“He gets very shy, he gets very embarrassed,” his son Edinho told Globoesporte.com. “He doesn’t want to go out.”
Pelé spent his 80th birthday with a few relatives.
Pelé spent a month hospitalized in 2021 after surgery to remove a tumor from his colon. Pelé said he was ready “to play 90 minutes, plus extra time,” but soon started chemotherapy.
Born Edson Arantes do Nascimento, in the small city of Tres Coracoes in the interior of Minas Gerais state on Oct. 23, 1940, Pelé grew up shining shoes to buy his modest soccer gear. His father was also a player.
Pelé’s talent drew notice when he was 11, and a local professional player brought him to Santos’ youth squads. Despite his youth and 5-foot-8 frame Pelé’ scored against grown men with the same ease he displayed against friends back home. He debuted with the Brazilian club at 15 in 1956, and the club quickly gained worldwide recognition.
The name Pelé came from him mispronouncing the name of a player called Bilé. He later became known simply as ‘O Rei’ – The King.
Pelé went to the 1958 World Cup as a reserve but became a key part for his country’s championship team. His first goal, in which he flicked the ball over the head of a defender and raced around him to volley it home, was voted as one of the best in World Cup history.
“When Pelé scored,” veteran Swedish midfielder Sigge Parling said, “I have to be honest and say I felt like applauding.”
The 1966 World Cup in England — won by the hosts — was a bitter one for Pelé, by then already considered the world’s top player. Brazil was knocked out at the group stage and Pelé, angry at fouls and hard tackles by Portugal, swore it was his last World Cup.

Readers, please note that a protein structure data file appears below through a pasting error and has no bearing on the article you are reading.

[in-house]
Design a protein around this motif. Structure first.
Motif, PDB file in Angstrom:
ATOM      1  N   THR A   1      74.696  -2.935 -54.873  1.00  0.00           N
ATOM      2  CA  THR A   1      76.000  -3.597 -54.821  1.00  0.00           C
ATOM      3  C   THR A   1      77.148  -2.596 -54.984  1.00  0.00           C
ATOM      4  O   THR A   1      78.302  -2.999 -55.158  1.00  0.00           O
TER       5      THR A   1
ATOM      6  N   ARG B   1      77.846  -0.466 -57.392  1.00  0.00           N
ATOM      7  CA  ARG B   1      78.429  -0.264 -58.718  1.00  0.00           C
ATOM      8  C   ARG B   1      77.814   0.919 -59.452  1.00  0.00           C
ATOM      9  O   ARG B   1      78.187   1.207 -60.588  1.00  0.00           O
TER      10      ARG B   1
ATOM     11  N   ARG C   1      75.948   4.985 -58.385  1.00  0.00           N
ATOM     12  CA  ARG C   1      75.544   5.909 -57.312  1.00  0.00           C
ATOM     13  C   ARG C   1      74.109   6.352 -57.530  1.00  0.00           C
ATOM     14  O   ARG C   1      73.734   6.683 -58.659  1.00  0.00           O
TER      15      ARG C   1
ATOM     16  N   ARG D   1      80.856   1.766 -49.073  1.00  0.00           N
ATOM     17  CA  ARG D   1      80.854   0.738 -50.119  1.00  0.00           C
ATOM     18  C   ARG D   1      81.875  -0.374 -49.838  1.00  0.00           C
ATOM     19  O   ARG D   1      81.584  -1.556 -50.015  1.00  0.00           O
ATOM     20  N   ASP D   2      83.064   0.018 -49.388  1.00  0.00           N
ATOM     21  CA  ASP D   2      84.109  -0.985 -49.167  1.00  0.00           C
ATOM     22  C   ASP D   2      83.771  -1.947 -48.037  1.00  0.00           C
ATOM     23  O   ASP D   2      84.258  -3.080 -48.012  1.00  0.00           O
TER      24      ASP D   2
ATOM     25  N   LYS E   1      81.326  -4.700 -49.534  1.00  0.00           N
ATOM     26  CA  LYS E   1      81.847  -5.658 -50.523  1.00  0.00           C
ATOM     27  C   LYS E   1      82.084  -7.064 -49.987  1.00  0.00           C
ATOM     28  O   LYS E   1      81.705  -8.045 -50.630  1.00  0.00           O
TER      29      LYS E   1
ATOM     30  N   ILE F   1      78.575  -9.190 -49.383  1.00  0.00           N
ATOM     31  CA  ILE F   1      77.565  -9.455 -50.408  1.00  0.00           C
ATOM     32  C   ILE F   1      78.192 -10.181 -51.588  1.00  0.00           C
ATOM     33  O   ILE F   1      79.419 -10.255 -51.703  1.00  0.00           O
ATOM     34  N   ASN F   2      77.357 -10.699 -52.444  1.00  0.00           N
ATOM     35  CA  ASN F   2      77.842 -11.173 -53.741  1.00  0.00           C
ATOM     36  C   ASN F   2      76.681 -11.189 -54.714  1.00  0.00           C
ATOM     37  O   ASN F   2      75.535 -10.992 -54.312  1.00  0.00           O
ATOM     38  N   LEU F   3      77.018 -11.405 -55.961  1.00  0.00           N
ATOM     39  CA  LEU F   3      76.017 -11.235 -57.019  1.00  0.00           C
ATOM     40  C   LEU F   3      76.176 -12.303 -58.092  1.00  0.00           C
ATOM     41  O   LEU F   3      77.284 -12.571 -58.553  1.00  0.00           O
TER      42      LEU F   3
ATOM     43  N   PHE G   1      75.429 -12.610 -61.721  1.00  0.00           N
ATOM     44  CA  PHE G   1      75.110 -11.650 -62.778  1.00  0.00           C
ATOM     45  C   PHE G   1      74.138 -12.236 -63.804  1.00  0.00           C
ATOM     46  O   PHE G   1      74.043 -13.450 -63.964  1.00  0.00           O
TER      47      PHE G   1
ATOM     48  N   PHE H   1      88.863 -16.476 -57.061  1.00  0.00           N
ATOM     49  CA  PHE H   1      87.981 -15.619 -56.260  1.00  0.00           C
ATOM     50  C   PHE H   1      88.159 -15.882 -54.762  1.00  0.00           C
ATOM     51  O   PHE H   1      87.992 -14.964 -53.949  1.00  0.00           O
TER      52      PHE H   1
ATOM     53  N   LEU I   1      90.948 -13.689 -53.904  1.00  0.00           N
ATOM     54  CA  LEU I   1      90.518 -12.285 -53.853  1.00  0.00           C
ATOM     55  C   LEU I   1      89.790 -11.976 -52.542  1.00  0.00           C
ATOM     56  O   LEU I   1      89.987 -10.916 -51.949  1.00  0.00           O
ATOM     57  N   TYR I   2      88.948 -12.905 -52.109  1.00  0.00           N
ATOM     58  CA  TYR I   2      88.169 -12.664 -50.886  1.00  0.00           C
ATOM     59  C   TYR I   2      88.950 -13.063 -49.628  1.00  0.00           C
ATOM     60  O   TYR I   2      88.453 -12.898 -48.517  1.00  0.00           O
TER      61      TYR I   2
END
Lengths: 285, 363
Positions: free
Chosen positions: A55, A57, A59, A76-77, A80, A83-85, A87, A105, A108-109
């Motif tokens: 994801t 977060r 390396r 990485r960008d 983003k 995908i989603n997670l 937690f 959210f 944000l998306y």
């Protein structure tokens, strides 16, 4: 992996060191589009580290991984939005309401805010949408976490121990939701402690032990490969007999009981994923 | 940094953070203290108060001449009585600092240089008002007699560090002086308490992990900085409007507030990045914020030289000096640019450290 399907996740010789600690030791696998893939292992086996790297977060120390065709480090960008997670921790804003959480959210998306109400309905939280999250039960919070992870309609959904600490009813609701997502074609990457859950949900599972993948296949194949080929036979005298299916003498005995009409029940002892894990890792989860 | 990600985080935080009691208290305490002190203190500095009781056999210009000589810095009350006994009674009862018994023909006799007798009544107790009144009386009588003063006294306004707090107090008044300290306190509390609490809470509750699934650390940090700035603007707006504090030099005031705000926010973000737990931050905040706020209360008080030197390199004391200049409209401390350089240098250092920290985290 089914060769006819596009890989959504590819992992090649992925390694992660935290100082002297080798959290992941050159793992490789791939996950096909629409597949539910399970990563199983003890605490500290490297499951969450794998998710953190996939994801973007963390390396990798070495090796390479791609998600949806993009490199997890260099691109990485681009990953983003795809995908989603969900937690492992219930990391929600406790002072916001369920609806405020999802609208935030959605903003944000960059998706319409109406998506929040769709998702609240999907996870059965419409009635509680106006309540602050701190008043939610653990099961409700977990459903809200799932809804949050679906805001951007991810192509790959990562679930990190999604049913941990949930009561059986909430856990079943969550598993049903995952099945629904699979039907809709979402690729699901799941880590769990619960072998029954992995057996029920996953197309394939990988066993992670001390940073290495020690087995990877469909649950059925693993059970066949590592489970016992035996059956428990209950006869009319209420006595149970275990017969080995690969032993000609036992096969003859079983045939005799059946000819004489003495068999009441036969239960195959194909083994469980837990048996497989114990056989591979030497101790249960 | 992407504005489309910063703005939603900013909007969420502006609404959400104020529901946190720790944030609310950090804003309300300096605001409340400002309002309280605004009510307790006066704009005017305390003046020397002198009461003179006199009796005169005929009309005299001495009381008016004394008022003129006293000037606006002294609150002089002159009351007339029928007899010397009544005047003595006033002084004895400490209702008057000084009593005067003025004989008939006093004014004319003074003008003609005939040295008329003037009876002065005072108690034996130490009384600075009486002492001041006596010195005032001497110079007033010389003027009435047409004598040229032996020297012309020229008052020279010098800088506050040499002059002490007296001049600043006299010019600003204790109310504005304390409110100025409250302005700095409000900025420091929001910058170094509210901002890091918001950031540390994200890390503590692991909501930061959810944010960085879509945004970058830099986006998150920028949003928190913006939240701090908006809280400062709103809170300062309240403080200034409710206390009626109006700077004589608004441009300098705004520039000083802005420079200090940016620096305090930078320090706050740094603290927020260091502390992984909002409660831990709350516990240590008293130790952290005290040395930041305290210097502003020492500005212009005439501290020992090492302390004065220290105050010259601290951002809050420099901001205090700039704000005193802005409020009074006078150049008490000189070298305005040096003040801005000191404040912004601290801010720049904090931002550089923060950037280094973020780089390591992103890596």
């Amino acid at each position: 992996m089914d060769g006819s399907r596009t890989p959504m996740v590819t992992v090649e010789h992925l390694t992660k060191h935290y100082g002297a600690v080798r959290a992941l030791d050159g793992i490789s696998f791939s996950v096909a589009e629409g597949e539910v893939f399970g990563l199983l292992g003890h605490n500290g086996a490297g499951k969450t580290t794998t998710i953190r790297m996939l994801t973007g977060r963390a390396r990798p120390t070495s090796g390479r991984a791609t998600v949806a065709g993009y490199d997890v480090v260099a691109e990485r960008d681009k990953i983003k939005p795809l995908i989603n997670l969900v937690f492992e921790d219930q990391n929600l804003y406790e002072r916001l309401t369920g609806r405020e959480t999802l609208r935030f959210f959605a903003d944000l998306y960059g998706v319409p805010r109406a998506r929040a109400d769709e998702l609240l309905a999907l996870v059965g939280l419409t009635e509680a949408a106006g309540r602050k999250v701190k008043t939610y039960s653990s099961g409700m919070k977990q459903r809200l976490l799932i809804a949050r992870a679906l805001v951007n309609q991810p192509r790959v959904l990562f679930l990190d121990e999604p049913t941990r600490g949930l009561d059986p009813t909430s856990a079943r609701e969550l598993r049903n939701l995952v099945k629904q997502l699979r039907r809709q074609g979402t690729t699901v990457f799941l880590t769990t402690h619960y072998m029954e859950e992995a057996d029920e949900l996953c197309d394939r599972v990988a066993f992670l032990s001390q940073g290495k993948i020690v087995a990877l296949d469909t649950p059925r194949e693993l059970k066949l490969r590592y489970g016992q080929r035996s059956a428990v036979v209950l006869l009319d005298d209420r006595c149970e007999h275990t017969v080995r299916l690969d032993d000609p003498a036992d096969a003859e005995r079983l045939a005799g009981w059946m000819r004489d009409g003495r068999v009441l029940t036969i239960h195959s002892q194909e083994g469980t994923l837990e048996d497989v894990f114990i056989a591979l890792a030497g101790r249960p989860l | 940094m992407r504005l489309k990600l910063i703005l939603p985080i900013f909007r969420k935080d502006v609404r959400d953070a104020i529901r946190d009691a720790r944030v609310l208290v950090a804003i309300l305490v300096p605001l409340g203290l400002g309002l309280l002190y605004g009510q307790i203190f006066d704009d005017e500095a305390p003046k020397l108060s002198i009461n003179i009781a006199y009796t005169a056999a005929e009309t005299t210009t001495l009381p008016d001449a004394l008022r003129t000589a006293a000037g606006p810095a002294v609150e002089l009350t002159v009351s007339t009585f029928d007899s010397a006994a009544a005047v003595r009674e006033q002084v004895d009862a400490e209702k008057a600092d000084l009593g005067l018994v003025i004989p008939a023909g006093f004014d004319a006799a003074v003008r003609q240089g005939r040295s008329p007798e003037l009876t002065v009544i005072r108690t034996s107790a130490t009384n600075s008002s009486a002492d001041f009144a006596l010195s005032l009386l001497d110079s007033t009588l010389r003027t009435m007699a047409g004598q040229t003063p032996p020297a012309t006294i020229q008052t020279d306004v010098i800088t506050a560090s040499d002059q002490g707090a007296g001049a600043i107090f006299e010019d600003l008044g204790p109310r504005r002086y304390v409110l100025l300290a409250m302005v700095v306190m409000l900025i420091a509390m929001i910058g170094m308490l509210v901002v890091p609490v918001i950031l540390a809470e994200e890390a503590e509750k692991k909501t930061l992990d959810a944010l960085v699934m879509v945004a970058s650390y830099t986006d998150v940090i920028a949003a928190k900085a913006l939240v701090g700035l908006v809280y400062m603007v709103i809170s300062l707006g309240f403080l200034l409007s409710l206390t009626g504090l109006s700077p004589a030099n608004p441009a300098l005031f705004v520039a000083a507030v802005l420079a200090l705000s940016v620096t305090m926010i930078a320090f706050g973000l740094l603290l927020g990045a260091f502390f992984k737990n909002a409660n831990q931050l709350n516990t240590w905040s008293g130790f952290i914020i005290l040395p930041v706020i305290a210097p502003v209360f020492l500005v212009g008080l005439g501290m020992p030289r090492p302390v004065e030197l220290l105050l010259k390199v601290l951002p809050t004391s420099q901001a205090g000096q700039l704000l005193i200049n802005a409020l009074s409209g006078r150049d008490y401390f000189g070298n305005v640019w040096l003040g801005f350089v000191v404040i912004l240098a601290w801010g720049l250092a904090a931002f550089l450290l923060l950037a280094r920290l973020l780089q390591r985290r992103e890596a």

He changed his mind and was rejuvenated in the 1970 World Cup. In a game against England, he struck a header for a certain score, but the great goalkeeper Gordon Banks flipped the ball over the bar in an astonishing move. Pelé likened the save — one of the best in World Cup history — to a “salmon climbing up a waterfall.” Later, he scored the opening goal in the final against Italy, his last World Cup match.
In all, Pelé played 114 matches with Brazil, scoring a record 95 goals — including 77 in official matches. Most of his goals came with Santos, which he led to five national titles, two Copa Libertadores trophies and two club world championships — all in the 1960s.
His run with Santos stretched over three decades until he went into semi-retirement after the 1972 season. Wealthy European clubs tried to sign him, but the Brazilian government intervened to keep him from being sold, declaring him a national treasure.
On the field, Pelé’s energy, vision and imagination drove a gifted Brazilian national team, with intricate passing combinations slicing defenses while leaving room for players to showcase flashy skills.
The fast, fluid style of play exemplified “O Jogo Bonito” — Portuguese for “The Beautiful Game.” And at the center of it all, like a maestro in command of his orchestra, was Pelé. It was his 1977 autobiography, “My Life and the Beautiful Game,” that made the phrase part of soccer’s lexicon.
In 1975, he joined the New York Cosmos of the North American Soccer League. Although he was past his prime at 34 years old, Pelé briefly gave soccer a higher profile in North America before ending his career on Oct. 1, 1977, in an exhibition between the Cosmos and Santos. Among the dignitaries on hand was perhaps the only other athlete whose renown spanned the globe — Muhammad Ali.
Pelé had two daughters out of wedlock and five children from his first two marriages, to Rosemeri dos Reis Cholbi and Assiria Seixas Lemos. He later married businesswoman Marcia Cibele Aoki.